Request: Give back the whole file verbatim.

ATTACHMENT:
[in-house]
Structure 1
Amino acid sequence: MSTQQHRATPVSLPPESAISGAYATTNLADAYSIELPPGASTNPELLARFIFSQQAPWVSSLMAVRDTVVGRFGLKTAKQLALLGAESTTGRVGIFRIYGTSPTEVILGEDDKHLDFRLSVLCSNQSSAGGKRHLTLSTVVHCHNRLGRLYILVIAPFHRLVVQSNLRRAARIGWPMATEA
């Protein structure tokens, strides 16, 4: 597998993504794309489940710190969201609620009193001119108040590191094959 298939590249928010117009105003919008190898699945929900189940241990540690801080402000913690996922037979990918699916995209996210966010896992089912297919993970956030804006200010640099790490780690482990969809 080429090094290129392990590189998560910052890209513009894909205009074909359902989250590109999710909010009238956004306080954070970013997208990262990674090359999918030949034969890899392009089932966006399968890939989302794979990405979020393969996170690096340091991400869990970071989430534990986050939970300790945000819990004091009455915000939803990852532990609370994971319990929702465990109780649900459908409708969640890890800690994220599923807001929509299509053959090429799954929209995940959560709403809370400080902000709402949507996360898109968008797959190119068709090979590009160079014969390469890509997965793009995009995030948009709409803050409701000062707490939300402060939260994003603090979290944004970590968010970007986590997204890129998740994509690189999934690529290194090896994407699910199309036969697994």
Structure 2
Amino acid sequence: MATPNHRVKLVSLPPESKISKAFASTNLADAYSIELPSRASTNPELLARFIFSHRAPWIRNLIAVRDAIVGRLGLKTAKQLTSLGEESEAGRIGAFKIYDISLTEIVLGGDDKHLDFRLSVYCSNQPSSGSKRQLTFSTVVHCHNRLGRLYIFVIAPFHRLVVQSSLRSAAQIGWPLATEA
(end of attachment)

[in-house]
Structure 1
Amino acid sequence: MSTQQHRATPVSLPPESAISGAYATTNLADAYSIELPPGASTNPELLARFIFSQQAPWVSSLMAVRDTVVGRFGLKTAKQLALLGAESTTGRVGIFRIYGTSPTEVILGEDDKHLDFRLSVLCSNQSSAGGKRHLTLSTVVHCHNRLGRLYILVIAPFHRLVVQSNLRRAARIGWPMATEA
């Protein structure tokens, strides 16, 4: 597998993504794309489940710190969201609620009193001119108040590191094959 298939590249928010117009105003919008190898699945929900189940241990540690801080402000913690996922037979990918699916995209996210966010896992089912297919993970956030804006200010640099790490780690482990969809 080429090094290129392990590189998560910052890209513009894909205009074909359902989250590109999710909010009238956004306080954070970013997208990262990674090359999918030949034969890899392009089932966006399968890939989302794979990405979020393969996170690096340091991400869990970071989430534990986050939970300790945000819990004091009455915000939803990852532990609370994971319990929702465990109780649900459908409708969640890890800690994220599923807001929509299509053959090429799954929209995940959560709403809370400080902000709402949507996360898109968008797959190119068709090979590009160079014969390469890509997965793009995009995030948009709409803050409701000062707490939300402060939260994003603090979290944004970590968010970007986590997204890129998740994509690189999934690529290194090896994407699910199309036969697994």
Structure 2
Amino acid sequence: MATPNHRVKLVSLPPESKISKAFASTNLADAYSIELPSRASTNPELLARFIFSHRAPWIRNLIAVRDAIVGRLGLKTAKQLTSLGEESEAGRIGAFKIYDISLTEIVLGGDDKHLDFRLSVYCSNQPSSGSKRQLTFSTVVHCHNRLGRLYIFVIAPFHRLVVQSSLRSAAQIGWPLATEA